to be frugal. The first generation of post-Independence India, our parents had seen their parents struggle for the freedoms we now take for granted. We ourselves grew up in pre-liberalised India where goods were scarce and aspirations modest. And we learned to cope without complaint.
In any case, the increase in most prices, whether of movie tickets or groceries, creeps up insidiously, week by week, month after month, a few bucks at a time. Milk, for instance, seems to agitate no one even though the price per litre has doubled in four years. The cheapest green vegetable in the market today costs R20 a kilo. But there is no national protest.
In terms of its psychological impact, the one-time 11.5% hike in petrol prices has been devastating. The night before, long queues had formed at petrol pumps as if tanking up would save cars and two-wheelers from Armageddon. An NDTV petition asking the government to rollback prices got 5,000 signatures in four hours flat. And the Opposition as well as the Congress's allies were quick to tap into the national rage, demanding a rollback and calling for demonstrations.
The steepest ever petrol hike goes beyond a simple question of balancing home budgets. In no time, it had become symbolic of all that was wrong with our governance.
Suddenly taxpayers, like astute consumers everywhere, had questions about the quality of government that we pay for. Was a protracted parliamentary debate on a cartoon of BR Ambedkar in National Council of Educational Research and Training (NCERT) textbooks justified? Wasn't there something faintly obscene about full page chest-thumping (and extremely expensive) advertisements issued by anniversary-celebrating governments? And what to say of the unspeakable arrogance of entitled MPs who believe their lives would be incomplete without red beacons atop their government-issued cars (paid, of course, by our taxes), a move that was swiftly nixed by UPA chairperson Sonia Gandhi.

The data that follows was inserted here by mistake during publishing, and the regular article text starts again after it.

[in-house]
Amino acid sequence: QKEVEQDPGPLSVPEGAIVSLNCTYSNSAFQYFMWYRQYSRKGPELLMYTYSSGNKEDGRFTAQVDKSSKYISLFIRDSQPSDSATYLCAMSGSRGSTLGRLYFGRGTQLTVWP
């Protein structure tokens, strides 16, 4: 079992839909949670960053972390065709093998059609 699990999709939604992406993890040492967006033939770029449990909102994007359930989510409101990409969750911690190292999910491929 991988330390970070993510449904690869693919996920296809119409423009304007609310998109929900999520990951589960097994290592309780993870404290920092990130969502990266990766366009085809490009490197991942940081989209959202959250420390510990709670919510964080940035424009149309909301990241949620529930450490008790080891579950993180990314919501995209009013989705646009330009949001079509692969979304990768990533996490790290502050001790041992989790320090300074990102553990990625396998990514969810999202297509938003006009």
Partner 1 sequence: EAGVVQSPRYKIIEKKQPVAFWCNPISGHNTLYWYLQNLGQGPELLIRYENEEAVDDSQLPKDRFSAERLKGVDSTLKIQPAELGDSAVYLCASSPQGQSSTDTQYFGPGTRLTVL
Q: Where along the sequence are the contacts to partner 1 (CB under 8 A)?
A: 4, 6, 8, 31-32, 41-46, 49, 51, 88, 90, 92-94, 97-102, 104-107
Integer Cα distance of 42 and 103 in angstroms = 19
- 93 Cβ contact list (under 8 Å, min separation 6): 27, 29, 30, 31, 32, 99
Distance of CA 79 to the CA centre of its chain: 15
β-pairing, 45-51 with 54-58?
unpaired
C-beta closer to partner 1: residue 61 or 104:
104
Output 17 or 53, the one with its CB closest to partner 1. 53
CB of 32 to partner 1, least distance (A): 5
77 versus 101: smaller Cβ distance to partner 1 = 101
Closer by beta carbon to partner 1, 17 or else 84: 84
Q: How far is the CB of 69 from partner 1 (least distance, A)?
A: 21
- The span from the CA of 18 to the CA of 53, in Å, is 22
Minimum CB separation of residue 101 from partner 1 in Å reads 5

What is the quality of our leadership when those in the government as well as those in the Opposition seem intent on idle talk and scoring brownie points? Are we getting our money's worth in terms of governance?
When the mood turns sullen, nothing government does appears right. The issue is no longer just corruption. Governance (or the lack of it) is the new mantra. We understand the need for social welfare spending - well, some of us do - but are no longer prepared to accept that food grains continue to rot because we still have not invested in proper storage. We want India on the high table of international diplomacy but every news item of a foreign trip by a minister makes us see red. We are convinced of a conspiracy by politicians to nix the Lokpal Bill and feel cheated by this brazen cunning.
Perhaps it was guessing the public mood that finance minister Pranab Mukherjee had only days before the petrol hike spoken about the need for austerity measures. But austerity means different things to the housewife and to the government. For the housewife - and I am conscious that I am talking about those privileged Indians who can afford to pay taxes - it is a question of survival. But for the government, austerity is largely symbolic: no functions in five star hotels, travel by economy, not business class etc. Yet it's a symbolism that is needed and, when done effectively, it can be reassuring. During the oil shock of the 70s, Indira Gandhi - a genius when it came to political symbolism - went to work on a horse-drawn buggy. It was her way of telling her constituents: I am one of you.
The problem with the petrol hike is not so much the hike itself. It's a feeling that those contributing to our governance are not in touch with us. They live in a different world, doing little, accountable for less. They don't understand us. Worse, they don't want to.
Namita Bhandare is a Delhi-based writer. The views expressed by the author are personal.